Sally and the Mootel

Ride, Sally, ride.  That is the song that inspired her name.  She is a traveling cow to be sure.  An inquiry came over the internet about having a cow stay the night here at the farm.  A strange inquiry for sure, one to which this PFO (Primary Farm Operator) immediately replied an excited affirmative;  quite sure the meaning of an overnight dairy cow would be explained upon arrival to the farm.


The rig pulled in around 12:30 Thursday afternoon.  It was a beautifully, clean, colorful rig driven by a young, Southern lady whose name was, Amanda, who wore pearl earrings.  She parked the rig near the barn, jumped out of the truck with a big grin, and extra-firm handshake (comes from hand-milking the cow!).  Immediately she unloaded Sally, who was more than happy to be out of that tin can and onto eating green grass.



Amanda immediately unloaded Sally, the beautiful Jersey milk cow.


Sally was happy to get off the trailer and onto some green grass.


Amanda was charming and friendly, and very willing to answer all the dozen questions thrown at her:  Where are y’all from?  What is a Mobile Dairy Classroom?  Do all Auburn graduates wear pearl earrings?  Will Sally be okay in the field with our animals?  Where are y’all going tomorrow?


She patiently answered all our inquiries while Sally happily grazed in the yard, and the horses watched intently from the barn yard.  Amanda is an Instructor with the Mobile Dairy Classroom.  An outreach of SouthLand Dairy Farmers to teach school children and other interested groups about the dairy cow, milking, caring for them, and any questions they may have.  She actually milks Sally with modern equipment while she stands eating her feed in a ‘milking stall’ on the trailer. They were en-route to another class and needed a Mootel for Sally for the night!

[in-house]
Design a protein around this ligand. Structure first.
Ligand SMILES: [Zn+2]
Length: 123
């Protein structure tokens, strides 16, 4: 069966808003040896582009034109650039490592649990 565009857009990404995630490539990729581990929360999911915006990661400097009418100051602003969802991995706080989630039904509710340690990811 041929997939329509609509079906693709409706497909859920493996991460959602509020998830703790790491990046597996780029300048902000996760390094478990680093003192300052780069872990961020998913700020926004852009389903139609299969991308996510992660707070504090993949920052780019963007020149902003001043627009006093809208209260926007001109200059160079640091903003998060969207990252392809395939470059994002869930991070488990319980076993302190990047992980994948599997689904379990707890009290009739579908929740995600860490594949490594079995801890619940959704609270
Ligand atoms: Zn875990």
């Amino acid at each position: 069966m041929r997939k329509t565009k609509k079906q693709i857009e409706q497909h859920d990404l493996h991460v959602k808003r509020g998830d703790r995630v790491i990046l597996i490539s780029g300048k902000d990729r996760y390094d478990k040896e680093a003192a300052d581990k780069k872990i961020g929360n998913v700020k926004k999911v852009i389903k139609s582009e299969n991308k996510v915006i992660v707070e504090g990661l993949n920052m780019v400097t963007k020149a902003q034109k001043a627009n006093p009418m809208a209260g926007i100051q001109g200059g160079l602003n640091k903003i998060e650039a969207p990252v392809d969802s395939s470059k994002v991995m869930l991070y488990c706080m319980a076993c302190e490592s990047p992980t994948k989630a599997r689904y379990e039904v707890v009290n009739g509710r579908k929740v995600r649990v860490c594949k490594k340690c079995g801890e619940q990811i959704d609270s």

High Hope was not exactly hospitable at first.  Though she tried to be intimidating, it did not work on Sally.  Sally was happy to be in the field, and was busy inspecting her accommodations for night.



High Hope did not extend the warmest of welcomes!  Notice how HH is touching Sally with her nose and not her teeth? 


That cow in High Hope’s stall?  Why that is too much for any decent mare to have to put up with!!


When the steers and she met, they followed her everywhere like little black shadows.  It was easy to see she was very used to being in different places.  She made herself right at home inspecting the entire field and barn.



The steers followed her all afternoon.


She sure is LOTS bigger than our miniatures!


Amanda and Sally loaded up and left early the following morning.  Sally gave us a lovely thank-you gift before leaving, a little milk!  Time to make home-made yogurt!  The topic of our next blog.  Stay tuned.











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